MOLECULAR CHARACTERIZATION AND GASTROINTESTINAL TRACT ECOLOGY OF COMMENSAL HUMAN FOOD-BORNE BACTERIAL PATHOGENS IN THE CHICKEN
Location: Poultry Microbiological Safety Research
Title: Photoperiod effects on broiler behavior
Submitted to: Poultry Science Association Meeting Abstract
Publication Type: Abstract Only
Publication Acceptance Date: May 1, 2008
Publication Date: July 20, 2008
Citation: Brown, A., Webster, A.B., Fairchild, B.D., Buhr, R.J. 2008. Photoperiod effects on broiler behavior. Poultry Science Association Meeting Abstract. 87:(Supp. 1) 191, P61.
This study evaluated the effects of 3 photoperiod regimes on behavior of commercial broilers. The photoperiods were 23h for all treatments from 1-6d. Treatments 1 and 2, 20L:4D and 18L:6D respectively, were applied from 7-36d and increased to 23L:1D at 37d. Treatment 3 was a step-down/step-up program where photoperiod was changed to 18h at 7d and decreased by 3h at 10 and 13d to achieve 12L:12D. Photoperiod was then increased to 18h by 1h increments between 22-27d followed by another increase to 23h by 1h increments between 37-41d. Light intensity was maintained at 20 lux using incandescent bulbs. Two trials were conducted with each light treatment applied to 2 rooms per trial and 6 pens per room. Video recordings were taken of 2 pens in each room at 9, 15, 22, 29, and 43d to observe: standing, walking, feeding, drinking, wing flapping, preening, non-nutritive pecking, and inactivity. In addition, heterophil to lymphocyte ratios were recorded at 38d in both trials and gait scores were observed during week 6 of trial 2. Broiler management protocols followed the breeder company recommended guidelines with water and a standard series of broiler diets provided ad libitum and stocking density = 0.7 sqft/bird.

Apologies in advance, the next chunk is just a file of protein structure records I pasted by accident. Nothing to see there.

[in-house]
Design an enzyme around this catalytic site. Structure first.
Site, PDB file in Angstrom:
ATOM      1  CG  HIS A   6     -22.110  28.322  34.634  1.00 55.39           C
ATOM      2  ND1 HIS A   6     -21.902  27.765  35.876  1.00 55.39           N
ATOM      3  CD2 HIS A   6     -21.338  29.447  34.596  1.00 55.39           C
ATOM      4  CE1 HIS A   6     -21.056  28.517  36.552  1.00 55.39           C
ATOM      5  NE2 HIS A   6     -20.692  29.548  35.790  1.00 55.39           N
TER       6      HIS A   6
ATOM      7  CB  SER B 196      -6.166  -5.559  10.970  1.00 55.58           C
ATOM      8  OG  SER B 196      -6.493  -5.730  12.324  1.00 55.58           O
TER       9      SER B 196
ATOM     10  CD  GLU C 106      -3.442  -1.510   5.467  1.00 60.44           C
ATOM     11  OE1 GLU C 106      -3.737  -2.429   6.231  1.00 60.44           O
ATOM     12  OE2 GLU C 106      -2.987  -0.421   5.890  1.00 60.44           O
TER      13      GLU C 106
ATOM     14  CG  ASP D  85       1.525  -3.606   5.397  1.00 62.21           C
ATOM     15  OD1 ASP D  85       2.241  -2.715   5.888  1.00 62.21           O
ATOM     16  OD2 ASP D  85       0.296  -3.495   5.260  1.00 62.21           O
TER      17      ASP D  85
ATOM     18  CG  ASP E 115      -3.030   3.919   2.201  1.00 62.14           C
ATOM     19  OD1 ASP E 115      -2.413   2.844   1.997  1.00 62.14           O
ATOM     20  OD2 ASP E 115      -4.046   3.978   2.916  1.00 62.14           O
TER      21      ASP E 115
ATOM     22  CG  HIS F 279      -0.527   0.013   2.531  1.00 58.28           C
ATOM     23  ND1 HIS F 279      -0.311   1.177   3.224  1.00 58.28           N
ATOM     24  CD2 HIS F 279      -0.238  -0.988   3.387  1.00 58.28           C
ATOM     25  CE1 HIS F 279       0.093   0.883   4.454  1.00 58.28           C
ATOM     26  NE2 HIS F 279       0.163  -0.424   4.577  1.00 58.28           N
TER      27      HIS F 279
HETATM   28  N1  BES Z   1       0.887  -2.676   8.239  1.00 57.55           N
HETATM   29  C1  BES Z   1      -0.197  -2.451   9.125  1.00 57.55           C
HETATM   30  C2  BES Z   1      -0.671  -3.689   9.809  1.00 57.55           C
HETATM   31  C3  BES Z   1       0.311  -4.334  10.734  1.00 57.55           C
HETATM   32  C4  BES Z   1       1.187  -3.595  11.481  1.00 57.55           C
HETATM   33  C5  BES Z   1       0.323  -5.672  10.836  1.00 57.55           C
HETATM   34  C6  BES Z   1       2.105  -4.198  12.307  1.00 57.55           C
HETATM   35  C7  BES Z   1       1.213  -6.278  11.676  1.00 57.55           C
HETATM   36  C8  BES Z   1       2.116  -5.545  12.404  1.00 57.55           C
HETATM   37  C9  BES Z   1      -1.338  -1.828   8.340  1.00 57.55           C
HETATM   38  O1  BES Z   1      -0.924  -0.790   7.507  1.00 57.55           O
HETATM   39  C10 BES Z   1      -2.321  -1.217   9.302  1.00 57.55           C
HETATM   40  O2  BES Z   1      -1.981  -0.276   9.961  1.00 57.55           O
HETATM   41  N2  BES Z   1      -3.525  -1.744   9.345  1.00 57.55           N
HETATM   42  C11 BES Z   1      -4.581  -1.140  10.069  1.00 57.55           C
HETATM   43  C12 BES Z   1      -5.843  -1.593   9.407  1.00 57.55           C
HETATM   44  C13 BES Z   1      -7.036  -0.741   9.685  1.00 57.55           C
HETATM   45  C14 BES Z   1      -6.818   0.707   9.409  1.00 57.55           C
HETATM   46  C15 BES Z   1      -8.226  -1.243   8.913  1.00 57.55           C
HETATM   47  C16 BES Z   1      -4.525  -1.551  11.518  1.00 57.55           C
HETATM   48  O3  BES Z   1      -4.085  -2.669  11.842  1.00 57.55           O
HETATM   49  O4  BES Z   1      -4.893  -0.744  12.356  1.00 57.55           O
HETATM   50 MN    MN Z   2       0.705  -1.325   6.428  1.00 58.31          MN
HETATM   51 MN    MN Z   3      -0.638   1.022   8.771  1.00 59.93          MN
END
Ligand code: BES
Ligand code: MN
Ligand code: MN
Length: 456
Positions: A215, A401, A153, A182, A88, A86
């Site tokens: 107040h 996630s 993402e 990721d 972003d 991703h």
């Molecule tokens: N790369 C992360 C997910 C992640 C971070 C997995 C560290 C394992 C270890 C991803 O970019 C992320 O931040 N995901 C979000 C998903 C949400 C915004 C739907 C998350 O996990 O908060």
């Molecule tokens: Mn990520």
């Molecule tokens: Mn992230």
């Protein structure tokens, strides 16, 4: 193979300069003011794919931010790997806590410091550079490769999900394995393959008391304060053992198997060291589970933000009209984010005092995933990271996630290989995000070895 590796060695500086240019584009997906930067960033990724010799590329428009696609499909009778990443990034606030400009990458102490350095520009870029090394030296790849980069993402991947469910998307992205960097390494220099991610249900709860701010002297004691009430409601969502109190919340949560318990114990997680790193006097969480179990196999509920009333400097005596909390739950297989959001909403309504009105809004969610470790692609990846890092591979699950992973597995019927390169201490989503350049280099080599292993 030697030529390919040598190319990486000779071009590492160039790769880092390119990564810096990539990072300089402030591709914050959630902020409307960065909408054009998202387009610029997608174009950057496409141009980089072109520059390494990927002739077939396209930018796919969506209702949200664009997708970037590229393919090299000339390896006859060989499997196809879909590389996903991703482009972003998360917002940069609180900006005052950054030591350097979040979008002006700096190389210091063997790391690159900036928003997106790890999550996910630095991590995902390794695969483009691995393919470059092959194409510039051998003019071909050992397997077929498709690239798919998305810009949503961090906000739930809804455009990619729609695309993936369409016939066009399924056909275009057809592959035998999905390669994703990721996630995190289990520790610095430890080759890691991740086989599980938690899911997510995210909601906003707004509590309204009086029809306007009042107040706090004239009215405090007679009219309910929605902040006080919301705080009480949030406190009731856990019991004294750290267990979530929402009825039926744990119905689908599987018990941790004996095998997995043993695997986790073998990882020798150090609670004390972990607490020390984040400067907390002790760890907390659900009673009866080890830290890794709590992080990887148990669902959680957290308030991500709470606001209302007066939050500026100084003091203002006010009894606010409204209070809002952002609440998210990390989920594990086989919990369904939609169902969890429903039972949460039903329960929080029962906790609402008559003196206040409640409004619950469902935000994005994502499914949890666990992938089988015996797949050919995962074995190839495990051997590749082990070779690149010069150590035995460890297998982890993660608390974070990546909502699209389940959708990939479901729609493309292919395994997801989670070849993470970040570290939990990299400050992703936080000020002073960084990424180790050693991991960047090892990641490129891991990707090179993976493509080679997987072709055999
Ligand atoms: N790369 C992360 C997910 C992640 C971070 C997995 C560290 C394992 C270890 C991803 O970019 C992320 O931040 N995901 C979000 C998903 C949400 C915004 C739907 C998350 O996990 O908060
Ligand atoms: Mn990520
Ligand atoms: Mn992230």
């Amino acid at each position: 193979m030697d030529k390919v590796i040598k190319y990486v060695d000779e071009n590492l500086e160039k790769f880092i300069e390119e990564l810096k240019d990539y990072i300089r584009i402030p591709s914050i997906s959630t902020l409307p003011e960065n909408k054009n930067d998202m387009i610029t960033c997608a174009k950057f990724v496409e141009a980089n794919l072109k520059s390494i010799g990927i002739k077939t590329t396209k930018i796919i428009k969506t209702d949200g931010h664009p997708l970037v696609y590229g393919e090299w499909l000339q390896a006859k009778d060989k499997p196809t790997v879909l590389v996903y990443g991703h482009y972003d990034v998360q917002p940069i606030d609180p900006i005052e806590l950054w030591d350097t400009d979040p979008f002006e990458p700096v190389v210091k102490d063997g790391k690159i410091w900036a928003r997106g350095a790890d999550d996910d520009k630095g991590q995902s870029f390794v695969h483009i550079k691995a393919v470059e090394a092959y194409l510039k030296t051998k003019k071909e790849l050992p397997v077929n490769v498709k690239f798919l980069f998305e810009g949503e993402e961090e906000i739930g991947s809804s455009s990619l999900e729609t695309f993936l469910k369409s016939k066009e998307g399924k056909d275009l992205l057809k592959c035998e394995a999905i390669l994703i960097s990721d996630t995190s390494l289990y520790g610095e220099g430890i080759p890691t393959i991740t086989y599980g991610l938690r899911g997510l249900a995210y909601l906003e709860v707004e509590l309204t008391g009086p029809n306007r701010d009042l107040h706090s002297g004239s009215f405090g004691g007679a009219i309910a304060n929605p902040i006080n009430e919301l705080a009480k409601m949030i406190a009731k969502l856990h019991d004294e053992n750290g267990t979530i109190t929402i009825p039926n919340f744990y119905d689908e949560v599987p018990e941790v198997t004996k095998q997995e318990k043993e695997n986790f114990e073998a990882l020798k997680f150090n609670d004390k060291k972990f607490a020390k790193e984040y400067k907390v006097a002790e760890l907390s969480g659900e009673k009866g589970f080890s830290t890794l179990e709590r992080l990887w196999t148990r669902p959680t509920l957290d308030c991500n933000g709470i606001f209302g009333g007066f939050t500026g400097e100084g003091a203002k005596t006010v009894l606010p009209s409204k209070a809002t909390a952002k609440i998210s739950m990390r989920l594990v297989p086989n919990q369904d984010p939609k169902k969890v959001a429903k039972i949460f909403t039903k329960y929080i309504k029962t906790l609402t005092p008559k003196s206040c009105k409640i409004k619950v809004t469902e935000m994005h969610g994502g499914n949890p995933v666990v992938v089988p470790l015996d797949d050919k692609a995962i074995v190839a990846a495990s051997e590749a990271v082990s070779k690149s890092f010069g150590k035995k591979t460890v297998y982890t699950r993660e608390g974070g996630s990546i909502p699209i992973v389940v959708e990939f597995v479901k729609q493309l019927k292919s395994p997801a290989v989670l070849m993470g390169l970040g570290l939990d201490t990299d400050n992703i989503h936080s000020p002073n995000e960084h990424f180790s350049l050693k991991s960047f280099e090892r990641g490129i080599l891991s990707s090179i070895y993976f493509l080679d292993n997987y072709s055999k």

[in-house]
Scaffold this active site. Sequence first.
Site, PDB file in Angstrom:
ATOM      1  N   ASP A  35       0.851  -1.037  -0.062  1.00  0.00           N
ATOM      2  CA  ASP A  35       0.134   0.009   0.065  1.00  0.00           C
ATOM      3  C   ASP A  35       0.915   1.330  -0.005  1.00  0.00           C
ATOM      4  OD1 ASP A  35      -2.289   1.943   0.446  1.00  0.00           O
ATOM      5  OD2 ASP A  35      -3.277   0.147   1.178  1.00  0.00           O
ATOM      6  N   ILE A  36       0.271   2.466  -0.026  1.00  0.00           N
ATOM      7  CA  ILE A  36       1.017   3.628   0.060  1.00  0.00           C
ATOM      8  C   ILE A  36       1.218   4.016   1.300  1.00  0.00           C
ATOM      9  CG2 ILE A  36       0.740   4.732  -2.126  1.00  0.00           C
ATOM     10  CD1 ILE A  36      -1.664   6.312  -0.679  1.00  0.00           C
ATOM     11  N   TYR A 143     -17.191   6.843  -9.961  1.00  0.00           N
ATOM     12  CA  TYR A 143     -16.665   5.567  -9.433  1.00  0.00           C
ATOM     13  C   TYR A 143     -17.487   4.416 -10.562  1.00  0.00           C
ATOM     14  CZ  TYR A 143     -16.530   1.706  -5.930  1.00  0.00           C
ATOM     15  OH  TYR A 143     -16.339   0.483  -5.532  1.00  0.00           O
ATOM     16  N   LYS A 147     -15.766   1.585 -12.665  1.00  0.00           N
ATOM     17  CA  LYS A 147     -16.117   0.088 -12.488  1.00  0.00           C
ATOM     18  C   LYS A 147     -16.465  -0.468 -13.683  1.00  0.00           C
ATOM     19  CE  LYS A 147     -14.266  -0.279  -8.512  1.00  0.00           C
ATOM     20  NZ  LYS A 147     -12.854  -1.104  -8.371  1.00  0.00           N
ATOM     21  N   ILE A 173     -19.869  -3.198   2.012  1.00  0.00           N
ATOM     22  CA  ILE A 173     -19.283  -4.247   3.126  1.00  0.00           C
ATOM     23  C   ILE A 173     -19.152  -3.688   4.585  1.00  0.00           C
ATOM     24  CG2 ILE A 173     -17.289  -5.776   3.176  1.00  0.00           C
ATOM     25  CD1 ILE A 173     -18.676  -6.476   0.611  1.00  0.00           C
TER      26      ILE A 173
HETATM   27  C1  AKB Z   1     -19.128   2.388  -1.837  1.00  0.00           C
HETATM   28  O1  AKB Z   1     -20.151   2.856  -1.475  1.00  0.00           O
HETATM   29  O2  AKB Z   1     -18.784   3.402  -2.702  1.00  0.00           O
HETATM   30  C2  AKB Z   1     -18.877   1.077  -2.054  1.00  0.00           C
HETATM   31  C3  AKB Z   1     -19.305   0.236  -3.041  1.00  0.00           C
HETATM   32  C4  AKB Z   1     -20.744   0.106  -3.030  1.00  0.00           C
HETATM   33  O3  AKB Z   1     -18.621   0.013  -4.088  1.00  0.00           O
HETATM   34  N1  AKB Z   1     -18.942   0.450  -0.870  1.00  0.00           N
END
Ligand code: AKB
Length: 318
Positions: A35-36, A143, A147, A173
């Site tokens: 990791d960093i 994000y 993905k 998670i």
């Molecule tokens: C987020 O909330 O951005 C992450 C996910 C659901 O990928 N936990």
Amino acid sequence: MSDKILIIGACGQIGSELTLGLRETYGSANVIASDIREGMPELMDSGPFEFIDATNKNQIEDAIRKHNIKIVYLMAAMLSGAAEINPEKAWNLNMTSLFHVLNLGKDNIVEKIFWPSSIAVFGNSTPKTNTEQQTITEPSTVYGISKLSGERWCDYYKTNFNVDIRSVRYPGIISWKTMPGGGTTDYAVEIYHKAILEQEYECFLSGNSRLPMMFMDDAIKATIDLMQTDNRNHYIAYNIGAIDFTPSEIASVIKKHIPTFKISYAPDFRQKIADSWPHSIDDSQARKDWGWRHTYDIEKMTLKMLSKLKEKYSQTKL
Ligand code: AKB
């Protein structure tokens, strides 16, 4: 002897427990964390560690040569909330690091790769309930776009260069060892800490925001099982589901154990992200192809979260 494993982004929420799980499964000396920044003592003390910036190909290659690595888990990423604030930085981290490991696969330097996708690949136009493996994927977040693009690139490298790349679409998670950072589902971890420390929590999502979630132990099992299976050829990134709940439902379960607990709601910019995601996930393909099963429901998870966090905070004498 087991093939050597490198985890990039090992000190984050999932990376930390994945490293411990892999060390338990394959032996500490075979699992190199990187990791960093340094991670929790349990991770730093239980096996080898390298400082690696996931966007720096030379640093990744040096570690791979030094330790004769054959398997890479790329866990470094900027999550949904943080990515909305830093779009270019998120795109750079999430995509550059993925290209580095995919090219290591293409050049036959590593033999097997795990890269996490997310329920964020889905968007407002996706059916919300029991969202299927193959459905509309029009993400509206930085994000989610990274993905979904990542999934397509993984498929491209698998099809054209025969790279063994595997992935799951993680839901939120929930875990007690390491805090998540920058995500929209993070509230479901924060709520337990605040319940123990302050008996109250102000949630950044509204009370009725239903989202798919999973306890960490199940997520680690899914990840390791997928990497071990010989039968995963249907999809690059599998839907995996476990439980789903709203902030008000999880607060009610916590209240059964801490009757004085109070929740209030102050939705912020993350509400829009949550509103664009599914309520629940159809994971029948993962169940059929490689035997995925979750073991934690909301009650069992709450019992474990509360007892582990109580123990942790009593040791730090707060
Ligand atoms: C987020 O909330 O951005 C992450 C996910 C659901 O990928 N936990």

At 22d, birds in treatments 2 and 3 were significantly more inactive over the 24h period than birds in treatment 1. No other significant differences were evident for behaviors averaged over the 24h period. During the dark period, however, broilers in treatment 3 performed significantly more standing and walking at 22d. Feeding was significantly higher at 28d in treatments 2 and 3 during the light period compared to treatment 1. There were no significant differences in heterophil to lymphocyte ratios, suggesting that the birds were not stressed from the light treatments, or gait scores among the treatments. Therefore, long photoperiods allow broilers to apportion their time to behaviors other than feeding and short photoperiods may cause birds to be more active during dark periods due to lack of time to be active during light hours.